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Redefining Palliative Care - a New Consensus-based Definition

Research output: Contribution to journalArticle

Lukas Radbruch, Liliana De Lima, Felicia Knaul, Roberto Wenk, Zipporah Ali, Sushma Bhatnaghar, Charmaine Blanchard, Eduardo Bruera, Rosa Buitrago, Claudia Burla, Mary Callaway, Esther Cege Munyoro, Carlos Centeno, Jim Cleary, Stephen Connor, Odontuya Davaasuren, Julia Downing, Kathy Foley, Cynthia Goh, Wendy Gomez-Garcia & 18 more Richard Harding, Quach T Khanh, Phillippe Larkin, Mhoira Leng, Emmanuel Luyirika, Joan Marston, Sebastien Moine, Hibah Osman, Katherine Pettus, Christina Puchalski, M R Rajagopal, Dingle Spence, Odette Spruijt, Chitra Venkateswaran, Bee Wee, Roger Woodruff, Jinsun Yong, Tania Pastrana

Original languageEnglish
Pages (from-to)754-764
Number of pages11
JournalJournal of pain and symptom management
Volume60
Issue number4
Early online date6 May 2020
DOIs
E-pub ahead of print6 May 2020
PublishedOct 2020

Bibliographical note

Copyright © 2020. Published by Elsevier Inc.

King's Authors

Abstract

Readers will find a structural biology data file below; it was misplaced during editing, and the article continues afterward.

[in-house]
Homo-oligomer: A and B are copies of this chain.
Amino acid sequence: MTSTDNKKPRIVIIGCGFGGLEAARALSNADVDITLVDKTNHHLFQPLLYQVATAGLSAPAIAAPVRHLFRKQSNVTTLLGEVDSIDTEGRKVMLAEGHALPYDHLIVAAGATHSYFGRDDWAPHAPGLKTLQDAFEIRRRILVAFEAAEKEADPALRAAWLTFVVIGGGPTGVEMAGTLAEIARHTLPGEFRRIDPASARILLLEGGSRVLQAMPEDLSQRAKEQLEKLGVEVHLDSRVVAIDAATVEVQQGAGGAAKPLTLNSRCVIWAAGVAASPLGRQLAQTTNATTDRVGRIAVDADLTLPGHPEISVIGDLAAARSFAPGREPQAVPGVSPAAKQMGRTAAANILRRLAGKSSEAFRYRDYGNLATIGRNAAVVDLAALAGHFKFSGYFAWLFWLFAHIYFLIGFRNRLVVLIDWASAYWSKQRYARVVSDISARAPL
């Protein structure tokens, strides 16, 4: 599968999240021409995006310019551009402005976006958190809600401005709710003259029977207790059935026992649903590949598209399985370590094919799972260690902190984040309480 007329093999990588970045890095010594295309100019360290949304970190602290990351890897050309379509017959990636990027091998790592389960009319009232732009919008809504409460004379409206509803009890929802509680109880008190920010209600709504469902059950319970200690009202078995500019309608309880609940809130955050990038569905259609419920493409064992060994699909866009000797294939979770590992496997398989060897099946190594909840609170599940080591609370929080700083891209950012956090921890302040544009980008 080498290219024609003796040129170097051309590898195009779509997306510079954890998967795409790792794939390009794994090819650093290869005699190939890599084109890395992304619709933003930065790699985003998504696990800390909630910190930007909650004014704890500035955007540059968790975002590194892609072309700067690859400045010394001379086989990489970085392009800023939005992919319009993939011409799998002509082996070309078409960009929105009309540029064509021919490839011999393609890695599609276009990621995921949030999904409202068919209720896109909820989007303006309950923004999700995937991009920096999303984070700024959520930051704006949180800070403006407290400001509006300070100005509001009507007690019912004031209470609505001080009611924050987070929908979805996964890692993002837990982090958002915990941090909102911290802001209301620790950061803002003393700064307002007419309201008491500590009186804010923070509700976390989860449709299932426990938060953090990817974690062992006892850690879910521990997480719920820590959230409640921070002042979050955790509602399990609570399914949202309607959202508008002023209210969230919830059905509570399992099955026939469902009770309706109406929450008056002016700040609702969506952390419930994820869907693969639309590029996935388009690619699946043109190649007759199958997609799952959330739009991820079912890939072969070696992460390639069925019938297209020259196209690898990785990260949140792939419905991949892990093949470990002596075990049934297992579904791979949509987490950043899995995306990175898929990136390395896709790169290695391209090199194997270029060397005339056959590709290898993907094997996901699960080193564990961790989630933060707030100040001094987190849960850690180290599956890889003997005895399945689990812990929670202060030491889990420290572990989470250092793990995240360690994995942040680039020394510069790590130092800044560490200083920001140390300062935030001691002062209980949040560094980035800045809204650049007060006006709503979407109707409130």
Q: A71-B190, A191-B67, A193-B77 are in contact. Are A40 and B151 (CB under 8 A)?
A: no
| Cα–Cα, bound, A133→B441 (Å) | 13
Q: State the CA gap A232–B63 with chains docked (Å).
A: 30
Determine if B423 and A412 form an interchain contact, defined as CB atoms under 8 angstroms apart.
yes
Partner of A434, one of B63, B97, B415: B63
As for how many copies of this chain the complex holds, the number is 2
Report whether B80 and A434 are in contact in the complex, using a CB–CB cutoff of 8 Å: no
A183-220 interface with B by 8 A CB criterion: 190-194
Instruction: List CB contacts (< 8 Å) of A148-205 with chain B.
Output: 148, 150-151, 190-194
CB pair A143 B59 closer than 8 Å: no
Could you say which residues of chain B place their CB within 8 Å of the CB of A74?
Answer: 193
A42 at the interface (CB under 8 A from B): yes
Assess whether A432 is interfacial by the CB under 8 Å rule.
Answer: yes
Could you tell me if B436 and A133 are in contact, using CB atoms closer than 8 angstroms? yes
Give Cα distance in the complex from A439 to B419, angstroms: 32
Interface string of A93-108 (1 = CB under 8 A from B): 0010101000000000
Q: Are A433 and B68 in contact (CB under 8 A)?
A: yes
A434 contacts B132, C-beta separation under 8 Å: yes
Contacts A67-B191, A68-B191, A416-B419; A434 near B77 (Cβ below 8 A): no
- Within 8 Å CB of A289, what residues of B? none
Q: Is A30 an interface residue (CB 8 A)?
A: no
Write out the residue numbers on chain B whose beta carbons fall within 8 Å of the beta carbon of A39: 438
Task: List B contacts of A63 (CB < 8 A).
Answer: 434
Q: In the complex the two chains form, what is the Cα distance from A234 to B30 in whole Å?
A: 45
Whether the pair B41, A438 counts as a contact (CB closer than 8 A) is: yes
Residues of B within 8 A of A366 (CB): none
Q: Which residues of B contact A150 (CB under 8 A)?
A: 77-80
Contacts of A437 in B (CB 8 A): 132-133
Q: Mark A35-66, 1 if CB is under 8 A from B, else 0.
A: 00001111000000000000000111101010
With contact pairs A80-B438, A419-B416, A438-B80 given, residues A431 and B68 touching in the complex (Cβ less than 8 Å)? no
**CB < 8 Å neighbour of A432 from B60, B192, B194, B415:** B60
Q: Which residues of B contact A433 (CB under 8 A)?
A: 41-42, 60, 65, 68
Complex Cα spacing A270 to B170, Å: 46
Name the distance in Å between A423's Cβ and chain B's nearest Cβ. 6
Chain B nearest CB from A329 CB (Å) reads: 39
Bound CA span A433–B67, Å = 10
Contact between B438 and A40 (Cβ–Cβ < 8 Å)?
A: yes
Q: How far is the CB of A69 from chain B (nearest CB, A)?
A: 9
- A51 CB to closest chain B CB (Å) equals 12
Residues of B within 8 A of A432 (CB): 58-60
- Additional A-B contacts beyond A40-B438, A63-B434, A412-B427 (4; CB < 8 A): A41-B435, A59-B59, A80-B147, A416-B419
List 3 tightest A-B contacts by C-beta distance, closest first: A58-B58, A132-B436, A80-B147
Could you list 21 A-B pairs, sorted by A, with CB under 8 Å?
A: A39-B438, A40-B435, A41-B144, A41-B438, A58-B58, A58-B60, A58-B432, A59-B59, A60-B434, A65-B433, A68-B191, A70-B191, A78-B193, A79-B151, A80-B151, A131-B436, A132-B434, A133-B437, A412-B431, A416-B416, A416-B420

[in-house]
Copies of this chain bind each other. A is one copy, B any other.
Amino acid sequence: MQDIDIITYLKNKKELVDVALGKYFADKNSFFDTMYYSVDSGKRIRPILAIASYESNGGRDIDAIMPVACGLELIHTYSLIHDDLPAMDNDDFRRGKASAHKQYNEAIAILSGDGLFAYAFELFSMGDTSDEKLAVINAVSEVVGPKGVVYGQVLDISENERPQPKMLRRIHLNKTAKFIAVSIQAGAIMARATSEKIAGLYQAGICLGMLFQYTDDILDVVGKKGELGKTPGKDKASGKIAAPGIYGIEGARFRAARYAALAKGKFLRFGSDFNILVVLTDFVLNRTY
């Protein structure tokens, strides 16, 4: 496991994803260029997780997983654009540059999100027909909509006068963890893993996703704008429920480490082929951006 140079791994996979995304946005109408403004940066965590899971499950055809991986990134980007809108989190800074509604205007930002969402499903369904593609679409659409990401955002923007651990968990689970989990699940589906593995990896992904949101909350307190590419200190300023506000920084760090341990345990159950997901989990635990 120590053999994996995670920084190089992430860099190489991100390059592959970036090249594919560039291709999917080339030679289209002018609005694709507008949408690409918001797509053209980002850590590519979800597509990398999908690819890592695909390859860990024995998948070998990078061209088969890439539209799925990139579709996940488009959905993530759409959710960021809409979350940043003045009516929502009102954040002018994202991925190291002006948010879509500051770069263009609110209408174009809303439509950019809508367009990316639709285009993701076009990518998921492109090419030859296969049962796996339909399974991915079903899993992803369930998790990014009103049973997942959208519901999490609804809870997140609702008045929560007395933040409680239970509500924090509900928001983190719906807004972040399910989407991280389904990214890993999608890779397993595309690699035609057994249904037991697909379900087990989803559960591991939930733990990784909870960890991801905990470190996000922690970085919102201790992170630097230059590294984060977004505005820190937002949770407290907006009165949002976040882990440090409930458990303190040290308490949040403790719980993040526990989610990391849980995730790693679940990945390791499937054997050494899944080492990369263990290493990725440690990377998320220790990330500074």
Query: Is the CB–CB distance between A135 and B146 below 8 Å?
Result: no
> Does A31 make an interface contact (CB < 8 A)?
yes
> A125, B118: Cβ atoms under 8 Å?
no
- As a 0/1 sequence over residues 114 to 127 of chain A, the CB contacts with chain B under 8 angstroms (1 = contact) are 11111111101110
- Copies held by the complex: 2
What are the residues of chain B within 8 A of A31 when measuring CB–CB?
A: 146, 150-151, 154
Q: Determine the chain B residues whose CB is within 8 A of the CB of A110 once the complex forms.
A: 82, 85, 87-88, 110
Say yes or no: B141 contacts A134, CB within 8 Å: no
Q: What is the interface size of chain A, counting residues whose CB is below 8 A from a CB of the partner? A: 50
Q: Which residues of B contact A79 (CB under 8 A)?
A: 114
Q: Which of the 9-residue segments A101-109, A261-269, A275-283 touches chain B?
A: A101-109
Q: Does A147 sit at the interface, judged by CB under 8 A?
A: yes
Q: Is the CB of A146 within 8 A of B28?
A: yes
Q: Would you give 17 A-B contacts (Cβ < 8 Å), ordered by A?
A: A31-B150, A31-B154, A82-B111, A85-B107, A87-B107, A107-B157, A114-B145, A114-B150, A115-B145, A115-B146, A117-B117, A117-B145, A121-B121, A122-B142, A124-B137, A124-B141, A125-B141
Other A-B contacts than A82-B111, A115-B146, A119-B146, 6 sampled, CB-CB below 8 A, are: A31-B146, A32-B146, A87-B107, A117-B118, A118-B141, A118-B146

Context: The International Association for Hospice and Palliative Care developed a consensus-based definition of palliative care (PC) that focuses on the relief of serious health-related suffering, a concept put forward by the Lancet Commission Global Access to Palliative Care and Pain Relief. Objective: The main objective of this article is to present the research behind the new definition. Methods: The three-phased consensus process involved health care workers from countries in all income levels. In Phase 1, 38 PC experts evaluated the components of the World Health Organization definition and suggested new/revised ones. In Phase 2, 412 International Association for Hospice and Palliative Care members in 88 countries expressed their level of agreement with the suggested components. In Phase 3, using results from Phase 2, the expert panel developed the definition. Results: The consensus-based definition is as follows: Palliative care is the active holistic care of individuals across all ages with serious health-related suffering due to severe illness and especially of those near the end of life. It aims to improve the quality of life of patients, their families and their caregivers. The definition includes a number of bullet points with additional details as well as recommendations for governments to reduce barriers to PC. Conclusion: Participants had significantly different perceptions and interpretations of PC. The greatest challenge faced by the core group was trying to find a middle ground between those who think that PC is the relief of all suffering and those who believe that PC describes the care of those with a very limited remaining life span.

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